GLENDALE, Ariz. -- There has been talk that Alex Rios, the 2011 White Sox center fielder, could become the 2012 White Sox left fielder, with Alejandro De Aza moving to center. Rios has just one career game in left from the 2010 season and sounded hesitant to make the move when speaking on the topic Saturday.
"I like center and right because those are the ones I've played," Rios said. "It's different. Center and right is different than left. We'll see what happens."
That decision is one of a number of team moves being worked through by White Sox manager Robin Ventura, general manager Ken Williams and their staffs. But Ventura stressed player flexibility during his Saturday media session.
"We'll see kind of how that matches up. There's no concrete thing to it," Ventura said. "Guys will just have to be open to moving around and do what's best for the team."
Beckham hits camp with new philosophy
GLENDALE, Ariz. -- The White Sox have decided to go with an "Appreciate the Game" marketing slogan for the 2012.
But upon reporting to camp four days early on Saturday, Gordon Beckham came up with an alternate saying that could sweep through the clubhouse. Well, it at least applies to the talented second baseman, who is coming off of one of the toughest years of his life, due in large part to a sub-par .230 showing at the plate.
Beckham's humorous but somewhat serious suggestion is "Don't care." He went on to explain the reason behind the thought process.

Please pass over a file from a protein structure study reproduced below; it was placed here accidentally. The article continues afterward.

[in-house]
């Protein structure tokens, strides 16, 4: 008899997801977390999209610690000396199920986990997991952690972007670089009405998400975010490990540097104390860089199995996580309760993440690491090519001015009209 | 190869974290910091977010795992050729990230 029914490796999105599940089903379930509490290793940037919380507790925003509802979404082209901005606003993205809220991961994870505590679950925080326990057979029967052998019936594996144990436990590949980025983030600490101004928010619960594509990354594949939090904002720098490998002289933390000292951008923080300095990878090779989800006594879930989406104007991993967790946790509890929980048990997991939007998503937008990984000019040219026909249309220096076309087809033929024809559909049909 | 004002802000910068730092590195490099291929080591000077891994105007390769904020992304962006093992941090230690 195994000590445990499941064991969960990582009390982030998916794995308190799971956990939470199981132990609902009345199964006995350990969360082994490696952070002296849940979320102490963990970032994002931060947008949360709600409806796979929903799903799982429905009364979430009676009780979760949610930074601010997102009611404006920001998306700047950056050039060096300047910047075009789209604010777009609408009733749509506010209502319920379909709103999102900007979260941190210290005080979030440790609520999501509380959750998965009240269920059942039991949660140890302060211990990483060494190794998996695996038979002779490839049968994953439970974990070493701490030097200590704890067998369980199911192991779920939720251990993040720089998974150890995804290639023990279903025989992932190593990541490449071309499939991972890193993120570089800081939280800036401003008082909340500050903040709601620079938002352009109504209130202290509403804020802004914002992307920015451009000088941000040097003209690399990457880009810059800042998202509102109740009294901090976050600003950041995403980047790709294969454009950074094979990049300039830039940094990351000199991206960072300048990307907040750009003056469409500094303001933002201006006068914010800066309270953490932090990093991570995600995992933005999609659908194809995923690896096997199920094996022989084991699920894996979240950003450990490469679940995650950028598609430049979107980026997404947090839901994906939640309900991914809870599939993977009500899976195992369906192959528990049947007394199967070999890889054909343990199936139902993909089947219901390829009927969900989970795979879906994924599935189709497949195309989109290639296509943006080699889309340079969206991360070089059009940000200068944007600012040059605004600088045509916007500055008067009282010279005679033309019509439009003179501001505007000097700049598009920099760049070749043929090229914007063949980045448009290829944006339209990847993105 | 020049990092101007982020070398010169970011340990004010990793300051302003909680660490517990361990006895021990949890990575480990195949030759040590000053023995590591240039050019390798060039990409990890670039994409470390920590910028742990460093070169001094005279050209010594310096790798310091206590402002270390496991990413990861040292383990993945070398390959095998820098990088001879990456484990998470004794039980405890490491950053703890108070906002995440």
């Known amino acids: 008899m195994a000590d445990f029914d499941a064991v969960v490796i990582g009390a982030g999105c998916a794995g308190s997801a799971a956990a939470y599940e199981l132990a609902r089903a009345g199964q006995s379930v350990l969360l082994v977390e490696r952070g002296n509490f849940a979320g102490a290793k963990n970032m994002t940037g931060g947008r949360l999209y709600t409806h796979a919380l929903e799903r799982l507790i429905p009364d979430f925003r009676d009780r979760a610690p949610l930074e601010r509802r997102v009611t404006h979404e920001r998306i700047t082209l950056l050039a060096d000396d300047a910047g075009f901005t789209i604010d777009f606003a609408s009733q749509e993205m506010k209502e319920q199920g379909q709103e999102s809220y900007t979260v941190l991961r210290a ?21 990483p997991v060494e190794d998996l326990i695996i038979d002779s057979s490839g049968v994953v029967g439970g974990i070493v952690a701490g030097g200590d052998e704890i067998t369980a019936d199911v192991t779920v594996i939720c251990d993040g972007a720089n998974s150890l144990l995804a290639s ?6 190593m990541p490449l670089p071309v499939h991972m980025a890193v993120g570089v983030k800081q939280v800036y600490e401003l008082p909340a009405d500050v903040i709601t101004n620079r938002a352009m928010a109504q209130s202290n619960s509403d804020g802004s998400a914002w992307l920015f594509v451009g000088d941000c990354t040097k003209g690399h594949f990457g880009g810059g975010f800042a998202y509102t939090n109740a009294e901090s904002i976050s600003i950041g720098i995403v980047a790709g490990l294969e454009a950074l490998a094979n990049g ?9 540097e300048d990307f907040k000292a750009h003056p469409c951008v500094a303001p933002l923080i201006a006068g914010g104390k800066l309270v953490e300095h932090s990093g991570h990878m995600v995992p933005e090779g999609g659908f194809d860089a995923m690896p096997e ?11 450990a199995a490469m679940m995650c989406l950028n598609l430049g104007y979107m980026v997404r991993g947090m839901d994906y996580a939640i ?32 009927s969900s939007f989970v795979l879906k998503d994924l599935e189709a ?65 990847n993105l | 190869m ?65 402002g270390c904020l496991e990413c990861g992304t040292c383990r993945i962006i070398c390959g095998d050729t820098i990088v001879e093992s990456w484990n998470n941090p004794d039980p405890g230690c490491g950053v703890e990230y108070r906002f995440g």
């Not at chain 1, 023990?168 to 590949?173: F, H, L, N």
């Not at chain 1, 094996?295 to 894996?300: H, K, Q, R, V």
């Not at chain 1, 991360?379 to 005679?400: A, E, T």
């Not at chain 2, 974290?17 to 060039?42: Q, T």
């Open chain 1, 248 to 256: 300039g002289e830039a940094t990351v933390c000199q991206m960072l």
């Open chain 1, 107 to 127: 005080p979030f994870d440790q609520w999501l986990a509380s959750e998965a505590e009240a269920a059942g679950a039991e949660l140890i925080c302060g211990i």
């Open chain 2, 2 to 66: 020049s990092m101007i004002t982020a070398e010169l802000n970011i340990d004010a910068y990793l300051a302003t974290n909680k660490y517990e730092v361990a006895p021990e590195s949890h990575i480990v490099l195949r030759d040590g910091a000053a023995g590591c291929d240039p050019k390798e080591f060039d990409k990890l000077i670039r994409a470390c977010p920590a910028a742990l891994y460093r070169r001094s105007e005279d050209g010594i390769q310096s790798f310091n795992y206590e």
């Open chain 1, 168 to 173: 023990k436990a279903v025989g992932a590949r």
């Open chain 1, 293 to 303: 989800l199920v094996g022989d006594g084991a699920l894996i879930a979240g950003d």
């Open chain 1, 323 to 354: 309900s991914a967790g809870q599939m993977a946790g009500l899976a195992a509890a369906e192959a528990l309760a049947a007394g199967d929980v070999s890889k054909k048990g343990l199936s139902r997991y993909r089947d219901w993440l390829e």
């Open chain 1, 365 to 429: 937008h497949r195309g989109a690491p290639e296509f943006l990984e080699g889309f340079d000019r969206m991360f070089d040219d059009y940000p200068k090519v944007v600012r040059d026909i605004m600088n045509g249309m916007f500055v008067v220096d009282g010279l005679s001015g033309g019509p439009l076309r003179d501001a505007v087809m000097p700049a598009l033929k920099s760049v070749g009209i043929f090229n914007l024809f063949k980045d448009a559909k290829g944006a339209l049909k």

"There were a lot of things that happened last year that just weren't good," Beckham said. "I said it earlier and at SoxFest: Listen, we all remember last year no doubt. I don't mind talking about it but this is a new year and we've got new coaches and we've got a new attitude.
"I'm going to remember it but I'm not going to dwell on stuff that didn't go my way. I'm just going to work as hard as I can and remember to enjoy it and I think sometimes I take it way too seriously. I want to do so well for this team, the fans, for myself that sometimes it gets too much of me. Just be a little more careful this year, not care so much."
Alex Rios and Adam Dunn joined Beckham on Saturday at Camelback Ranch, with Rios and Beckham getting in a morning workout. Position players aren't scheduled to report until Tuesday.
All three of these players coming off of last year's debacle could follow Beckham's philosophy of having a little more fun and caring a little bit less about the failure that can weigh you down as they search for 2012 comebacks.
"That's not probably my problem," said Dunn of playing looser. "I have enough fun for at least 23 of us. I'll still do that."
"They're hungry, I like that," said White Sox manager Robin Ventura of Beckham, Dunn and Rios. "They're showing everyone else on the team they're in. They're willing to come in and work and do what's necessary."
Ventura sees Lillibridge playing multiple roles
GLENDALE, Ariz. -- As early as last September, Brent Lillibridge talked to MLB.com about his desire to increase playing time by moving back to the middle infield along with outfield duties. New manager Robin Ventura apparently plans on making that desire happen in 2012.